Apple Inc. Has No Choice But To Use Intel Corporation Chips

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Intel chips have been powering Apple’s Macs for around 10 years now, but recently reports emerged that Apple will start manufacturing chips for its PCs in a few years, thus lowering its dependence on the chip maker. Intel CFO Stacy Smith, however, has denied any such possibility outright.

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Is Apple developing its own chips for Macs?

In an interview with Business Insider, Smith said Intel is so far ahead of the competition in PC processors that Apple and any other PC maker is left with no choice but to continue using Intel chips.

Apple dropped indigenous chips in the Mac Book range and adopted Intel-made chips in 2005. The decision from the late Steve Jobs came as a jolt because at that time, Intel was the chip maker for the Windows range of PCs, and Microsoft was the biggest rival of Apple. At that time, the partnership with Intel was a necessity for Apple as it could not figure out a way to match the expectations of the Mac and Macbook through its chip.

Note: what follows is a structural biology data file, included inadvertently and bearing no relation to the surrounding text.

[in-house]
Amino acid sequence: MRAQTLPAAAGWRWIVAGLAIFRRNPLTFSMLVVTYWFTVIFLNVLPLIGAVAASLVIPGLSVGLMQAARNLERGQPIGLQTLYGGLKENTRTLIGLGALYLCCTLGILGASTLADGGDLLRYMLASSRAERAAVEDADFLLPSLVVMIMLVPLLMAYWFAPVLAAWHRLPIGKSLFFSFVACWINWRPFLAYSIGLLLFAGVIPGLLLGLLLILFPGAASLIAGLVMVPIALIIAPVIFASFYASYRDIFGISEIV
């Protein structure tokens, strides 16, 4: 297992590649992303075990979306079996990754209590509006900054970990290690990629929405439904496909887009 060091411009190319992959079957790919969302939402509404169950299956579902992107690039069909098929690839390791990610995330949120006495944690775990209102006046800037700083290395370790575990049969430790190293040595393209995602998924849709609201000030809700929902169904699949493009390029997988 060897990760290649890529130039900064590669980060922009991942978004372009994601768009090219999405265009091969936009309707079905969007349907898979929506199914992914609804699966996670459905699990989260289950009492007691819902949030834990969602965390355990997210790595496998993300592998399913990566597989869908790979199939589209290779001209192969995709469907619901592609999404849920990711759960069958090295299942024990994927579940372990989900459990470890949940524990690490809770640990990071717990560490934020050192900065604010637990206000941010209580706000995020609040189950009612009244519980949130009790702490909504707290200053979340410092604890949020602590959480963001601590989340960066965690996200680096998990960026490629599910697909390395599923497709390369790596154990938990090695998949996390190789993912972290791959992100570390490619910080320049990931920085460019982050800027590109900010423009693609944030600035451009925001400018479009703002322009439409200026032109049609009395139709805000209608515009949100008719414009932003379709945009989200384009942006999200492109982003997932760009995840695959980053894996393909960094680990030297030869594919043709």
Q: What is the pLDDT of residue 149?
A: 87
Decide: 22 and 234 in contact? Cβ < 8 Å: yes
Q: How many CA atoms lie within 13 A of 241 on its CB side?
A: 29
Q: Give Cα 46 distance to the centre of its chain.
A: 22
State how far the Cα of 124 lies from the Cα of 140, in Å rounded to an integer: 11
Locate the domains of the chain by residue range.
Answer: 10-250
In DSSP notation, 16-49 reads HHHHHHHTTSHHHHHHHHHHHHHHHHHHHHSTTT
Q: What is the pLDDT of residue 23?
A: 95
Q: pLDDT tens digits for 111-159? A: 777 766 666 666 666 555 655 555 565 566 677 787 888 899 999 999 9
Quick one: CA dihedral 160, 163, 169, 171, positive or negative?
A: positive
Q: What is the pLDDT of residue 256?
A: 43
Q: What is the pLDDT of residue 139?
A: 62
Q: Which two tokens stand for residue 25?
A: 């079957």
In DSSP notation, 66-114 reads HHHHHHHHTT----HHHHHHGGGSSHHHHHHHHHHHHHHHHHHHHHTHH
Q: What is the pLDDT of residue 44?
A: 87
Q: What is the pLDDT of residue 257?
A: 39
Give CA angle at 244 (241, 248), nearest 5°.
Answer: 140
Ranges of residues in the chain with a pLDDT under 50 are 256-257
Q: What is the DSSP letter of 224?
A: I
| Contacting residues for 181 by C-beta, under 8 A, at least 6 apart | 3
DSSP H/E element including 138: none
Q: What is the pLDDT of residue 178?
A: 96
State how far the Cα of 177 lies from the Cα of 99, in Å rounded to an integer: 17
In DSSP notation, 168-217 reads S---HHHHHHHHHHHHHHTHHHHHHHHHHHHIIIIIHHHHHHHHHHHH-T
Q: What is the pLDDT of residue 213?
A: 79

It is further speculated that Apple’s ARM-based chips will be more power-packed to run Macs, and thereafter, Apple would not need Intel. Additionally, some Intel chips are already delayed, which indicates that Apple will have to wait if it wants to release new innovative products like the new super-thin MacBook Air, according to Business Insider.

Intel CFO confident on its technology

However, Smith is not at all concerned with the ongoing speculations. According to the Intel CFO, Apple is a great partner, and just like the chip maker, the iPhone maker is also bringing cool stuff to the market. Smith said, “As long as we’re bringing great technology to the marketplace, we’re enabling them to do great Apple products.” Also, it is quite evident that Apple needs to keep the partnership running for some time.

“Our leadership over the rest of the industry is extending,” Smith said, and added, “We’re not delayed relative to the industry. We’re actually ahead of the industry.”

Put in simple words, this suggests that the iPhone maker is left with little choice because it would not want to risk losing its performance in new Macs.


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